Wild card of the week – #5
You are called in to perform a pre-mortem on your brand. You predict the cause of death will come from…
That’s it. The shutters are coming down. The dream is over. Rip as much copper wire out of the walls as you can carry and get the hell out before the bailiffs arrive. We’ll always have Skegness.
But where did it all go wrong? Surely someone important saw this coming from up there in that ivory tower. Well, like the Enron shaped elephant in the room, people rarely face up to the decline of their brand until it’s too late.
Matching Lamborghinis were a tad excessive
Ironically, unless you’re a bank, the ultimate cause of brands failing tends to be financial. Your FD got in deep with the mob. You developed a Ming vase habit. Tulip mania. In short, you ran out of cash – and when the money runs out, businesses die.
But in truth, the writing is usually on the wall long before the money dries up. Most brands fail because, for one reason or another, they’re no longer important to people. One minute you’re Blockbuster Video, king of all you survey, understocking the latest must-see films and charging late return fees at your whim. Then bam! Netflix have you in a choke hold and you’re yesterday’s news. You’re straight to DVD.
As much as we’d like to think brands occupy an untouchable emotional space in people’s minds, engendering religious-like loyalty – people are fickle. They will drop you faster than you can say ‘Wow, what a difference’.
You need to stay relevant.
What goes around
All brands go through a lifecycle – from start up, to growth, maturity, (hopefully) iconic status and then decline. What happens next is either rejuvenation and regrowth, or total failure. The brands that make it are those that move with the times. They never stand still and always look for a better way forward, keeping customers at the heart of their offer.
But so many brands do eventually fail. They stop being relevant. More than half of FTSE 100 companies in 1999 had disappeared from the listing by 2015, either through failure, decline, or being purchased. Brands – especially market leaders – become complacent and defensive, favouring the status quo and protecting the golden goose at all costs. They fail to see existential threats in their periphery, whether that’s hungry competitors, better technologies, or just general customer apathy. Failing to be progressive leads to irrelevance and eventual decline – sometimes of brands who seemed too big to fail.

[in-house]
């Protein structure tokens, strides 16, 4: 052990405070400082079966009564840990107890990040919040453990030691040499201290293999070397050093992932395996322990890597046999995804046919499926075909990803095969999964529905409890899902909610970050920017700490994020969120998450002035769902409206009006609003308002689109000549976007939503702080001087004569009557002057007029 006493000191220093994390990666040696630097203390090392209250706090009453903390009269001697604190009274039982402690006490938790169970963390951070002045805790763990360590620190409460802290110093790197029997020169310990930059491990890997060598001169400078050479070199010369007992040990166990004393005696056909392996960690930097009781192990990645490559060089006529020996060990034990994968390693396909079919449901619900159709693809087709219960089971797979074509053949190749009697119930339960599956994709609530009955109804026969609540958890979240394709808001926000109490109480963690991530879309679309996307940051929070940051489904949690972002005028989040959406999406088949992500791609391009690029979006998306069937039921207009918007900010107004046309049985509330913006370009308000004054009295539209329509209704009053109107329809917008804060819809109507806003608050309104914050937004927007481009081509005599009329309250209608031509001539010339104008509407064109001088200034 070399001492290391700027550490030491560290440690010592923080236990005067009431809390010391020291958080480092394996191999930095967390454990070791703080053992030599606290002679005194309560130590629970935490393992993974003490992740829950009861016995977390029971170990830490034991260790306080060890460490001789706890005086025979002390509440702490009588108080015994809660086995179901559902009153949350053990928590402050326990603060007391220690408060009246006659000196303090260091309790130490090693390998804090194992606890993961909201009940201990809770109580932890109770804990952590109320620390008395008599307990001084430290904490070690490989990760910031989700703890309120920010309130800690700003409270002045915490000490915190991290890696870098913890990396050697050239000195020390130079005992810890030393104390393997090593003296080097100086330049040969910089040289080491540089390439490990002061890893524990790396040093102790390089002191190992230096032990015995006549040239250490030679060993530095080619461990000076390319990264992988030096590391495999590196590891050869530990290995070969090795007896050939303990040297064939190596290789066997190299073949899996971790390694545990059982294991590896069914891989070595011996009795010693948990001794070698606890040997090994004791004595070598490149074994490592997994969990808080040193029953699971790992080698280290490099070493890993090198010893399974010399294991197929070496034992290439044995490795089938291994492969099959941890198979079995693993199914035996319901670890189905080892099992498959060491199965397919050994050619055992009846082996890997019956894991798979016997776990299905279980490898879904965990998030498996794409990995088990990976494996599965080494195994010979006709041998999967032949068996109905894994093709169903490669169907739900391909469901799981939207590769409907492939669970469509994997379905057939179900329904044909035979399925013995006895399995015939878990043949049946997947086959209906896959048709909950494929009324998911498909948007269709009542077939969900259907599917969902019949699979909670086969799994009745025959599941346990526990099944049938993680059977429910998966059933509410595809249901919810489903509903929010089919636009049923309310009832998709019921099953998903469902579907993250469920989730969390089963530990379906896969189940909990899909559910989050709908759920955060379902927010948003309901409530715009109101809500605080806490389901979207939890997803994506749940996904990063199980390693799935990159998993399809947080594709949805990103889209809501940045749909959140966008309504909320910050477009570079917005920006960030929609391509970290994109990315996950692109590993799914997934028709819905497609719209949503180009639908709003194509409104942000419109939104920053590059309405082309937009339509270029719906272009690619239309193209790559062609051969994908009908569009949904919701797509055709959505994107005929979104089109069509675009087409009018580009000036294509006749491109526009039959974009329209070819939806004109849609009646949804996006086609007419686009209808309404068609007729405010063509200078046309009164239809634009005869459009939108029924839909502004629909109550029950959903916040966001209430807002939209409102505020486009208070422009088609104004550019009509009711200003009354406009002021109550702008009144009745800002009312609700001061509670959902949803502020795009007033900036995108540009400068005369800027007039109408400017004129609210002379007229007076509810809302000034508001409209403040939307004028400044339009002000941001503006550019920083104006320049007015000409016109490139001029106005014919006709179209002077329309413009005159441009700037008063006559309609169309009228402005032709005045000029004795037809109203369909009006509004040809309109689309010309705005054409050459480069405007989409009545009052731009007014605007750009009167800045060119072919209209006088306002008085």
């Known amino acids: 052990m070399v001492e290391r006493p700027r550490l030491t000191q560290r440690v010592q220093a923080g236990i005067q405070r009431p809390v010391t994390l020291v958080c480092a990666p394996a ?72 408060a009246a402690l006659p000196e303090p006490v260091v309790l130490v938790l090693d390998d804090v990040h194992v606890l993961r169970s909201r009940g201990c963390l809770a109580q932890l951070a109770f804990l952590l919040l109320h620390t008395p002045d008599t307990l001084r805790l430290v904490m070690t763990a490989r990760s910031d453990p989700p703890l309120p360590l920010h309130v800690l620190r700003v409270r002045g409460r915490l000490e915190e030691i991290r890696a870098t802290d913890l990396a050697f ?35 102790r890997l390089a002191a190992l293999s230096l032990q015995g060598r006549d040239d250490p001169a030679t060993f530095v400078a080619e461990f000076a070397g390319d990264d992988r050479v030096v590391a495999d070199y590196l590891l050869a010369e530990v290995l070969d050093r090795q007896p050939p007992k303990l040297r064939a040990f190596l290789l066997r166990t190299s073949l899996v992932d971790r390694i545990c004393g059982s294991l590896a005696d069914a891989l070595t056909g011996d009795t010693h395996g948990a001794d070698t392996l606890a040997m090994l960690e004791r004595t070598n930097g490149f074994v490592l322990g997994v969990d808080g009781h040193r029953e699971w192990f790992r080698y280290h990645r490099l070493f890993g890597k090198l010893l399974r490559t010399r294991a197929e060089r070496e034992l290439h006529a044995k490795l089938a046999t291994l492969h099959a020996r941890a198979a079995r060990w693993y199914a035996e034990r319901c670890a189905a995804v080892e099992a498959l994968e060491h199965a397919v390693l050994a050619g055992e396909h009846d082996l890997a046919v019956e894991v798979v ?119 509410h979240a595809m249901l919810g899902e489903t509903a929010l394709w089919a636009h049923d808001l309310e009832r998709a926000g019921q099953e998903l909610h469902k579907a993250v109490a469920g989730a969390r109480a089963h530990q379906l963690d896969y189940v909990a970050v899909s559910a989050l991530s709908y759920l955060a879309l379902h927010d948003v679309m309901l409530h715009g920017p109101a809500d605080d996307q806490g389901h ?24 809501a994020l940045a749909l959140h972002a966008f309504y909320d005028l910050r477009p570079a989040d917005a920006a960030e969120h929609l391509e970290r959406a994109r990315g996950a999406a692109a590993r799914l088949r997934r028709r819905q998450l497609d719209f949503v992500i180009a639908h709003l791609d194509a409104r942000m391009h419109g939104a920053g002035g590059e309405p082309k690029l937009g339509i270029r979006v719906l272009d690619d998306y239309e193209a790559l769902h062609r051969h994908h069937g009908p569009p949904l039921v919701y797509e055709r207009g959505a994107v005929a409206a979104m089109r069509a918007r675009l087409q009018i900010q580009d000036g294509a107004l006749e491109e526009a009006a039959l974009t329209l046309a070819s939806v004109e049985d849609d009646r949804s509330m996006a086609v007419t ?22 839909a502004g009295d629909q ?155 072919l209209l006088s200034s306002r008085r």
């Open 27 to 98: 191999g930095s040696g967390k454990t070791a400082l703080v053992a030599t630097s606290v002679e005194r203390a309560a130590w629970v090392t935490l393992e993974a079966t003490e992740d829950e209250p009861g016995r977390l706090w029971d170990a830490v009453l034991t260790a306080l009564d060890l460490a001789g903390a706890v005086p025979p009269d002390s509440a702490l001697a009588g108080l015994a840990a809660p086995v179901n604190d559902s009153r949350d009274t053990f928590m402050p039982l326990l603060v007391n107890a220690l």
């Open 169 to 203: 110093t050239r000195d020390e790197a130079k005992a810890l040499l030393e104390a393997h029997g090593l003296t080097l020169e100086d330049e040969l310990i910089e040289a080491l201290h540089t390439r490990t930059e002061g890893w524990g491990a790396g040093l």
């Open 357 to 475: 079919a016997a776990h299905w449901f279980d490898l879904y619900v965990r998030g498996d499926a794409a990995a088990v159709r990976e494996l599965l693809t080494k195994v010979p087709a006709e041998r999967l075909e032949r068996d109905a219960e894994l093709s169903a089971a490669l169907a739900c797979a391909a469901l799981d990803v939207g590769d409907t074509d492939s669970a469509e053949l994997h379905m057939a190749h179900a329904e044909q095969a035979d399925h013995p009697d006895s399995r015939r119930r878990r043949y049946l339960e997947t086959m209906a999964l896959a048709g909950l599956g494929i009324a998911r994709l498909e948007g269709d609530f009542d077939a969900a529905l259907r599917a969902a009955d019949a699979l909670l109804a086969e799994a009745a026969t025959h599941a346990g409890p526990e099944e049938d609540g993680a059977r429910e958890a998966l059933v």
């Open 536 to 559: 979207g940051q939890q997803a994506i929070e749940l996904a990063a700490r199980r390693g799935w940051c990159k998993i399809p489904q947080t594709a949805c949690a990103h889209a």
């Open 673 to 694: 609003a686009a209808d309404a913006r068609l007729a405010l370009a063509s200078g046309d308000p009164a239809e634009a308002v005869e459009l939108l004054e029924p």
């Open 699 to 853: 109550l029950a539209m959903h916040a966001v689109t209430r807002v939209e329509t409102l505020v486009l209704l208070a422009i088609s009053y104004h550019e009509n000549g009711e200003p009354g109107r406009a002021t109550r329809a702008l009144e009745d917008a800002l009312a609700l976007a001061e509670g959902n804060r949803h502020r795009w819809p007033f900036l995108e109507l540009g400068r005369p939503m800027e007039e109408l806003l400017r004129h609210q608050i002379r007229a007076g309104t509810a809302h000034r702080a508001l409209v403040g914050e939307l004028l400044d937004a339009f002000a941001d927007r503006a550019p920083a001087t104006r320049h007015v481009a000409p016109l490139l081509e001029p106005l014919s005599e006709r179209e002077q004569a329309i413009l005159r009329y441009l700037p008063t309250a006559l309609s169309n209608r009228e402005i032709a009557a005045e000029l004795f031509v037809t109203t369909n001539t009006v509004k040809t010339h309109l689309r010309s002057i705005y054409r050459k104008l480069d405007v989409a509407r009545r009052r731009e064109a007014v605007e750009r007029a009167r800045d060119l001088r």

That awkward (Kodak) moment
Founded in 1880, Kodak was a pioneer of innovation in its heyday. But when they invented the digital camera in 1975, they saw a vision of mankind’s brilliant future of selfies and it terrified them. Seeing it as a threat to their photographic film products (they held a 90% share of the US film market in 1975) they buried their invention deep where they hoped no one would ever find it. Sadly, they chose a time capsule scheduled to be dug up in the 1990s.
They had failed to imagine a world where people en masse wouldn’t want to use physical film. Relinquishing their digital first-mover advantage, they were playing catch up by the time digital photography began to take off. And as digital cameras and then smartphones became the norm, Kodak – like HMV and Woolworths later would – paid the price of their inability to move with the times and give people what they want.
A second bite